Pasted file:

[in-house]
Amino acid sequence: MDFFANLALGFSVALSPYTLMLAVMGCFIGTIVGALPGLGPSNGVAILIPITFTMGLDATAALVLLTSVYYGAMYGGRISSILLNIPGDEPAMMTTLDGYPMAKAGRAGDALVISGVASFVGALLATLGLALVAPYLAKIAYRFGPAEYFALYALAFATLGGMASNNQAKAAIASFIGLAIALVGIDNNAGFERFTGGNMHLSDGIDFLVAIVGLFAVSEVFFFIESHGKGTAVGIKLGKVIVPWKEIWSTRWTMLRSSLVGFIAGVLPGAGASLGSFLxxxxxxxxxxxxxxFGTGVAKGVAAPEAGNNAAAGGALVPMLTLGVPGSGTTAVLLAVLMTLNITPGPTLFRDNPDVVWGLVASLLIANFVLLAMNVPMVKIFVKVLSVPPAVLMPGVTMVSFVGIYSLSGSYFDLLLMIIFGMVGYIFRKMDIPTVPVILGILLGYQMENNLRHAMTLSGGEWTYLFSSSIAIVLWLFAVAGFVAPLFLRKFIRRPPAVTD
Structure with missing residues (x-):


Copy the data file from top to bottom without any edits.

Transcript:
[in-house]
Amino acid sequence: MDFFANLALGFSVALSPYTLMLAVMGCFIGTIVGALPGLGPSNGVAILIPITFTMGLDATAALVLLTSVYYGAMYGGRISSILLNIPGDEPAMMTTLDGYPMAKAGRAGDALVISGVASFVGALLATLGLALVAPYLAKIAYRFGPAEYFALYALAFATLGGMASNNQAKAAIASFIGLAIALVGIDNNAGFERFTGGNMHLSDGIDFLVAIVGLFAVSEVFFFIESHGKGTAVGIKLGKVIVPWKEIWSTRWTMLRSSLVGFIAGVLPGAGASLGSFLxxxxxxxxxxxxxxFGTGVAKGVAAPEAGNNAAAGGALVPMLTLGVPGSGTTAVLLAVLMTLNITPGPTLFRDNPDVVWGLVASLLIANFVLLAMNVPMVKIFVKVLSVPPAVLMPGVTMVSFVGIYSLSGSYFDLLLMIIFGMVGYIFRKMDIPTVPVILGILLGYQMENNLRHAMTLSGGEWTYLFSSSIAIVLWLFAVAGFVAPLFLRKFIRRPPAVTD
Structure with missing residues (x-):